For a particular generation, Ice Cube isn’t Mr. N.W.A. Nor is he AmeriKKKa’s Most Wanted. And he isn’t seen as the South Central spark plug that wowed audiences–and the PMRC–with his socially conscious brashness. No, for this current young generation of music listeners, Ice Cube is a movie star; a Hollywood super mogul. And it’s not ignorance to his past achievements—some just identify him quicker as the bumbling stepdaddy from Are We There Yet? than one of the founding members of West Coast Hip-Hop. So it’s with trepidation that most will approach “rapping” Cube’s latest release, I Am The West. Because, let’s face it: Ice Cube is a family man now. Not to say that his hood pass has been revoked, but, well, he’s left it between the leather sofa cushions for a while.
But let’s not blame the man for trying to rekindle that fervent energy he brought to the gangsta rap table from the mid-1980s through the mid-1990s. On a strictly sonic level, this album bumps. Every song, from top to bottom, should be played with the bass turned to a masochistic 11, preferably with your intoxicant of choice in hand. “Soul On Ice,” with its rattling 808s and eerie “ooo-ooo’s,” features an impassioned Cube spitting, “old money, new money, no money/Don’t try to con the Godfather in Sunny/Don’t try to turn your four fathers into money,” kick-starting the enthusiastic LP. A pair of tracks that feature WC—“Life In California” and “Too West Coast”—include malevolent beats and features from his longtime partners-in-crime, including Sir Jinx as well. And “Hood Robbin’” shows that Cube hasn’t gone too Hollywood, detailing South Central’s continually impoverished conditions during this latest economic downturn: “This adjustable rate—it choked me out/ They gave me a loan and I had no clout/They gave me a house, for me and my spouse/Called my mama and my aunt, ya’ll should refinance.”
However, these are the few highlights from an otherwise lackluster album, one that sees its beats—its best quality—eventually sounding redundant over a superfluous 16-track listing (18 with iTunes bonus tracks). And, unfortunately, the lyrical ingenuity that Cube displayed in his heyday is sorely lacking with some almost pitiful verses (“to suritos to soul food and buritos/I’m down with angelinos”). Coupled with verses that make Waka sound like Biggie, his illogical jabs at Wayne and Jay on tracks like “I Rep That West” and “Life In California” make for uncomfortable senior moments. “Niggas around the world that think they wanna bang/Don’t get your ass caught up like Lil Wayne.” It’s one thing to disagree with today’s industry mainstays, but to use lines like, “and Jay-Z can rap about NYC/Why can’t I talk about the shit I see/Without Alicia Keys going R&B/This ain’t no Motown, this is R-A-P,” is just irresponsible and unwarranted.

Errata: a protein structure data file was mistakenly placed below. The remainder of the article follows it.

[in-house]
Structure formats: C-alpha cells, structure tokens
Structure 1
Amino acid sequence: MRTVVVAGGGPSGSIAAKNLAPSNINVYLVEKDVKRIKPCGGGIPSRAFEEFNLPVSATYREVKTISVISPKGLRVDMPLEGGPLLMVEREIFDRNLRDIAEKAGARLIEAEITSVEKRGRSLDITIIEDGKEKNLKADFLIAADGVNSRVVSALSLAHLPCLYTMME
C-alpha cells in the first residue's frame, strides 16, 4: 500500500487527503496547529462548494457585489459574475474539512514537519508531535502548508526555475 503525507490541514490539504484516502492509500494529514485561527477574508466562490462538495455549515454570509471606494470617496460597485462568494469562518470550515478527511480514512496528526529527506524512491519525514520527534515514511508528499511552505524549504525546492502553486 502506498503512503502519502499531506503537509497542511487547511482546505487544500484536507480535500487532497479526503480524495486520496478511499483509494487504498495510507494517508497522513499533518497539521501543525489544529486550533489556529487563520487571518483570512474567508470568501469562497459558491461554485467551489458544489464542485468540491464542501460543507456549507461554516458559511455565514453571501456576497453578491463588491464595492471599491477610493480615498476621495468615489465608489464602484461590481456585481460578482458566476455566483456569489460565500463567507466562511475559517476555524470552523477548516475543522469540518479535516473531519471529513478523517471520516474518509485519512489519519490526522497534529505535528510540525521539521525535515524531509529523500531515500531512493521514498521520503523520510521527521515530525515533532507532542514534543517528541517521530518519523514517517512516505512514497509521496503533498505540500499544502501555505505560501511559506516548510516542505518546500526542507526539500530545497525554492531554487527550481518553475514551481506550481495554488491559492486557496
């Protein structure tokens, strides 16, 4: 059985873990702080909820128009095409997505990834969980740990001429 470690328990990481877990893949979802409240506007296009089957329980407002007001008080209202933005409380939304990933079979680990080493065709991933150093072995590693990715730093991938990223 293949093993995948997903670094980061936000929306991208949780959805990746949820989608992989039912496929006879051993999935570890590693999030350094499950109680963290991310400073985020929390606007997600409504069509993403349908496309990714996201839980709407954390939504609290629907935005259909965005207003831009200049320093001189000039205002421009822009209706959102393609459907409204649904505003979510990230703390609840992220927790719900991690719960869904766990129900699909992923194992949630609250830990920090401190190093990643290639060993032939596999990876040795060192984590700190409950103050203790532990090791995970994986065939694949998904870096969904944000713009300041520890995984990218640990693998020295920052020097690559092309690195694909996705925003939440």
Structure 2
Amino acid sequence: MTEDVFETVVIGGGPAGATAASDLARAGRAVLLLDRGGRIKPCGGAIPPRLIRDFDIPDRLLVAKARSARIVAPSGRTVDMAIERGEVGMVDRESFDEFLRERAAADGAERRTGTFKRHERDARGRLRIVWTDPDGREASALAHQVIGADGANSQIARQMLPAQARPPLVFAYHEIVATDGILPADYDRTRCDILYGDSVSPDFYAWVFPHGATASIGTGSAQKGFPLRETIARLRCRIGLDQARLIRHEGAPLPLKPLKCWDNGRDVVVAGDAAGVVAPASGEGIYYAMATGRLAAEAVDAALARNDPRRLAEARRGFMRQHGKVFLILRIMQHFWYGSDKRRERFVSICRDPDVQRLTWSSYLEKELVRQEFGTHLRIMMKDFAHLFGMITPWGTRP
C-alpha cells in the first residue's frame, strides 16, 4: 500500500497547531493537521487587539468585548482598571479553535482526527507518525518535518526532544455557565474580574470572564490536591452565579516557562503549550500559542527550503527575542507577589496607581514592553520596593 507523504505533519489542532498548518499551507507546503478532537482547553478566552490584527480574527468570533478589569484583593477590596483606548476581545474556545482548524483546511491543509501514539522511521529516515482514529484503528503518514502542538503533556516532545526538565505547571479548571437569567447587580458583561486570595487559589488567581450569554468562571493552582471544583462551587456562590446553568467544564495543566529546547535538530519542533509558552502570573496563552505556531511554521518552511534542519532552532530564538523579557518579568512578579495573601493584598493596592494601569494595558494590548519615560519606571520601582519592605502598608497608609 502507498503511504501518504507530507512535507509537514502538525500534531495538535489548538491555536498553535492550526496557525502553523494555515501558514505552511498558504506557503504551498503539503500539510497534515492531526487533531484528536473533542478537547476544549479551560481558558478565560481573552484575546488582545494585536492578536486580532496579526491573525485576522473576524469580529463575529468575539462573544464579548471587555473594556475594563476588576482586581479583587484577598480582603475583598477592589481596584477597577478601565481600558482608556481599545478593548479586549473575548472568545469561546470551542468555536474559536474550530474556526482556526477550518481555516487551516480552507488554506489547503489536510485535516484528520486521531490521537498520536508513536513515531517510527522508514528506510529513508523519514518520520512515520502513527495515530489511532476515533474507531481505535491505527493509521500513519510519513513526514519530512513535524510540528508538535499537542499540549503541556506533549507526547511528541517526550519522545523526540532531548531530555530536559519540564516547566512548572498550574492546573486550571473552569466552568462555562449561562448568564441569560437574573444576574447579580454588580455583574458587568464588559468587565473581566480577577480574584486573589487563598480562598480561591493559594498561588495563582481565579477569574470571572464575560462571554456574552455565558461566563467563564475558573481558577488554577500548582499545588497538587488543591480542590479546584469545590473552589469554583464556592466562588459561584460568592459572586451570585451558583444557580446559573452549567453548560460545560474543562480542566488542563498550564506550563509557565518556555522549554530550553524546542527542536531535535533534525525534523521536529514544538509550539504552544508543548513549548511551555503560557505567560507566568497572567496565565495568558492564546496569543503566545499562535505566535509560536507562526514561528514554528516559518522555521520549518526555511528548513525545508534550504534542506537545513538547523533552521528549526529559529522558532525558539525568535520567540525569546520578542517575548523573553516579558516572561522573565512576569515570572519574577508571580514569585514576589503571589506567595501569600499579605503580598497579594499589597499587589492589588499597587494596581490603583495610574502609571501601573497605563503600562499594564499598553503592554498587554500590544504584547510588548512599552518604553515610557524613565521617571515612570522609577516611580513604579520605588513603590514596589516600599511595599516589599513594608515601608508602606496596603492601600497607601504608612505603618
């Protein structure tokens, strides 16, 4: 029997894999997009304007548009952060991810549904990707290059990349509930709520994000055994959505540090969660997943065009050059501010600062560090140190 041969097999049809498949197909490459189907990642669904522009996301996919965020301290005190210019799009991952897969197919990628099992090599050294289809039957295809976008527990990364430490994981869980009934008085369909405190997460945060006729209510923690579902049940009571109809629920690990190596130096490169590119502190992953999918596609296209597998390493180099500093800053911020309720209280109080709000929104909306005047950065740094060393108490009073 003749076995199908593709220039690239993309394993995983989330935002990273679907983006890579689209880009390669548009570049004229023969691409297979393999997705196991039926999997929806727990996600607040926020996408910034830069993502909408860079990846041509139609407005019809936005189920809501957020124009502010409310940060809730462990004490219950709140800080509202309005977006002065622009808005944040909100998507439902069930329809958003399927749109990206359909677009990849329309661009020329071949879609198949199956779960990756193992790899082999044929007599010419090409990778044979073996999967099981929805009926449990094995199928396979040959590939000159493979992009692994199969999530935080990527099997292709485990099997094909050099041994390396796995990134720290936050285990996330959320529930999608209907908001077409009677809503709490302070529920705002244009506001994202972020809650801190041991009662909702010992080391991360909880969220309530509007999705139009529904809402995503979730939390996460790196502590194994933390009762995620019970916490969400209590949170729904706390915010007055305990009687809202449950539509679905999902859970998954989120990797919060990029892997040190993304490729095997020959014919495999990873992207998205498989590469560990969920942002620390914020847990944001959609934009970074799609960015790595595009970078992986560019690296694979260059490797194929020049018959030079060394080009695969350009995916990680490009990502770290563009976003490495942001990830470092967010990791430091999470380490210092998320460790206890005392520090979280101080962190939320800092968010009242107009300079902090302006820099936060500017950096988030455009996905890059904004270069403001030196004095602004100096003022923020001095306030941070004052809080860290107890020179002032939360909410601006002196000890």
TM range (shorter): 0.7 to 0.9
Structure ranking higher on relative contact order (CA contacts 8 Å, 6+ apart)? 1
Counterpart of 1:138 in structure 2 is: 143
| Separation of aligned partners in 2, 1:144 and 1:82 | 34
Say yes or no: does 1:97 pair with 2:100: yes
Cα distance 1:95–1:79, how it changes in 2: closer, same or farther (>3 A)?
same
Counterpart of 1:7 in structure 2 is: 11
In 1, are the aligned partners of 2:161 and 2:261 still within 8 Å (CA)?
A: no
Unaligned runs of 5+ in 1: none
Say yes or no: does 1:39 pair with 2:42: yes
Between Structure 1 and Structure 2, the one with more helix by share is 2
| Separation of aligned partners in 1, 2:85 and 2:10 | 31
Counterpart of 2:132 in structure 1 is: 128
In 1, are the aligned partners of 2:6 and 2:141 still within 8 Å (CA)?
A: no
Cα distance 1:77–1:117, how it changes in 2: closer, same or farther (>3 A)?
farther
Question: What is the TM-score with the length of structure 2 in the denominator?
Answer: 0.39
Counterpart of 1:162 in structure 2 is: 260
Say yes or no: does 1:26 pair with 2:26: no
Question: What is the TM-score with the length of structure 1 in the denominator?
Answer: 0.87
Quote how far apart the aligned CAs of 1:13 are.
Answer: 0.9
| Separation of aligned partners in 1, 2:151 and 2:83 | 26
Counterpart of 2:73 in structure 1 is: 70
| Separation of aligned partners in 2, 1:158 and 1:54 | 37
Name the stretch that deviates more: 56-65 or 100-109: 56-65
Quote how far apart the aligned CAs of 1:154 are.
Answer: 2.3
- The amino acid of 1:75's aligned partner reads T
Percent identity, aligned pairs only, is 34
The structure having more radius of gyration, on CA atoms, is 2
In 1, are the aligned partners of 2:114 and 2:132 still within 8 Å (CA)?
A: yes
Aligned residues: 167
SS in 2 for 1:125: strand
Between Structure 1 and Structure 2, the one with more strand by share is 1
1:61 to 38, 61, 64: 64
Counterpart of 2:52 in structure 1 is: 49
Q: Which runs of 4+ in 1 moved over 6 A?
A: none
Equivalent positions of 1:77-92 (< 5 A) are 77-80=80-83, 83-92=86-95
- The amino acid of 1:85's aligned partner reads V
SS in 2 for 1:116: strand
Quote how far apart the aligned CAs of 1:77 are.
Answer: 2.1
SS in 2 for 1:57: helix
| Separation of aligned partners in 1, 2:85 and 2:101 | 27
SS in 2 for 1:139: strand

Be warned: Ice Cube’s glory days are long gone. As the living legend’s 9th opus proves, the rap industry—and Ice Cube’s vitriolic former demeanor—has passed him while he has become the Hollywood super mogul that he is today. With almost ironic foreshadowing, Cube laments, “if you sick of this, take a Tylenol.” So pour out a 40 oz. for Cube’s rapping career because I Am The West makes you want to down the entire bottle.